Strategy needs to be ON even when the world is OFF
— 5 experts shared their view
view details of this viewpoint
It is completely understandable that most hospitality industry companies are focused on short-term survival right now. World, business and industry conditions require such attention. However, as time passes and we settle into our routines and manage to put out our most pressing fires, it will soon become time for the industry's leaders to look past the clouds of uncertainty hanging over us and take the necessary time to consider how firms need to position themselves once the pandemic crisis has abated and the world returns to normal. Strategy is about the future, and it is a mediator between the firm and the environment. It is what helps us to evolve proactively to changing conditions. Thus, while the crisis will in fact end one day (though we don't as of yet know when), it would be naïve to think that the After Corona (AC) normal will be the same as the Before Corona (BC) normal. New laws, new social norms and behaviors, changes to democracy and governmental intervention policies, employment shifts, and so on will have helped create a new world for people and firms.
The question, therefore, is what will the new normal look like in the AC world? More specifically, how will the decisions, actions and events of today shape the hospitality industry of tomorrow, and what can firms do to prepare for the changes to come?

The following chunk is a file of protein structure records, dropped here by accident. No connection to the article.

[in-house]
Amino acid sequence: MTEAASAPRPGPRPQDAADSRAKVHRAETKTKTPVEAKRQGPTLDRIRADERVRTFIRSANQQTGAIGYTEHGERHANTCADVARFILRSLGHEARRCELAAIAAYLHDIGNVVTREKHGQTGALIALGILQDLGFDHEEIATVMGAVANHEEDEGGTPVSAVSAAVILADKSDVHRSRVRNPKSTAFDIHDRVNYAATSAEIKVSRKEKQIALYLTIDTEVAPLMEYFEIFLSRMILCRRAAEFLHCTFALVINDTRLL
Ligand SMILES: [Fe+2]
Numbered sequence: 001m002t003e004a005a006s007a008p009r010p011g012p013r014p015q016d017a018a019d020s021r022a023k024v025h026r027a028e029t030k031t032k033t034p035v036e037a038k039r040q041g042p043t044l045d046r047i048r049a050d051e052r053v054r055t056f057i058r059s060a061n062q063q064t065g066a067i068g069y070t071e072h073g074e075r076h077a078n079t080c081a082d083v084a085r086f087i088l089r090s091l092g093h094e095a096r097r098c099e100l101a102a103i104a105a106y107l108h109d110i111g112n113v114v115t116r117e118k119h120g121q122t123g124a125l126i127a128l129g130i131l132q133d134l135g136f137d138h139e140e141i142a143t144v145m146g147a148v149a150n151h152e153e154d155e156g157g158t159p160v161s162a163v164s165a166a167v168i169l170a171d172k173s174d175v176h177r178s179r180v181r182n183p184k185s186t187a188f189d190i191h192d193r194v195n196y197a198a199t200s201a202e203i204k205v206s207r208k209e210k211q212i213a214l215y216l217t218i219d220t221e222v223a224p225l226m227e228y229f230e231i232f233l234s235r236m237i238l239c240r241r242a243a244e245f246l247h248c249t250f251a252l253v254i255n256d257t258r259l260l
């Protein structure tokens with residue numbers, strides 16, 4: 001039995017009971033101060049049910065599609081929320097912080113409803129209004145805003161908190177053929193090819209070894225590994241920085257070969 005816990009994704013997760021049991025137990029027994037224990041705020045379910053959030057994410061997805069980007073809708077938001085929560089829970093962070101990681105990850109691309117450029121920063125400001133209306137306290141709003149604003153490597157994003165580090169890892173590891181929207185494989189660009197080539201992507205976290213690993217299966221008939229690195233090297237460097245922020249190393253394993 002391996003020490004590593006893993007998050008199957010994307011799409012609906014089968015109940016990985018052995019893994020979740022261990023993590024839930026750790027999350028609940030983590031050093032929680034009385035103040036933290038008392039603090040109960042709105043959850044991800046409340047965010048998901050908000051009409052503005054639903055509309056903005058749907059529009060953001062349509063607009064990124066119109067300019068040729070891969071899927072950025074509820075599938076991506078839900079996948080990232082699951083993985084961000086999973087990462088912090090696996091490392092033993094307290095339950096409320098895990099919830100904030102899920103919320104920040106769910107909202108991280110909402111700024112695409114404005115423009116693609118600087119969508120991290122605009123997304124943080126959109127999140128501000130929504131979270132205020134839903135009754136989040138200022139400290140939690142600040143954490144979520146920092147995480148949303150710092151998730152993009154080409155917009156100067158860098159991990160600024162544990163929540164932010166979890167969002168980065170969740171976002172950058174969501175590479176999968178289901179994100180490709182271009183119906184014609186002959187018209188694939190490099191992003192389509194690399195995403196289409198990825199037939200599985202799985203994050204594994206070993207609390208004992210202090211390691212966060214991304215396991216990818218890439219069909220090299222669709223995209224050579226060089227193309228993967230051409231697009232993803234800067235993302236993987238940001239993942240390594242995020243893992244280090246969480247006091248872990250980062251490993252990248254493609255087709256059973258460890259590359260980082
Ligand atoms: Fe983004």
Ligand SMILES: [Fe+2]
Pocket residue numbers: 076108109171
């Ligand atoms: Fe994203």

Partner and Managing Director, Kadenwood Partners
The longer this lasts -- the lockdown specifically, and then the threat of contracting Covid-19 -- the greater the likelihood that there will be more significant changes in behaviour. Certainly in the short term, when the recovery does start, large group and convention business will likely be the slowest to recover, as both travellers' willingness to meet in large groups, and corporates' ability financially to support those events will be compromised. Travelling closer to home -- staycations -- will likely surge, with drive to destinations likely to recover faster than long-haul destinations.
The recovery and health of the airline industry will be a key contributor to hospitality. The sooner that access opens, and is increased with greater airlift, the faster the recovery will begin in earnest, particularly to long-haul and international destinations. Governments will be asked to step up, especially with the flag carriers, to support the recovery of the airline industry.
Finally, hotel companies that are seen as good corporate citizens -- supporting their employees with financial aid and job reinstatement, and supporting their guests with more generous cancellation and rebooking policies -- will be remembered and rewarded.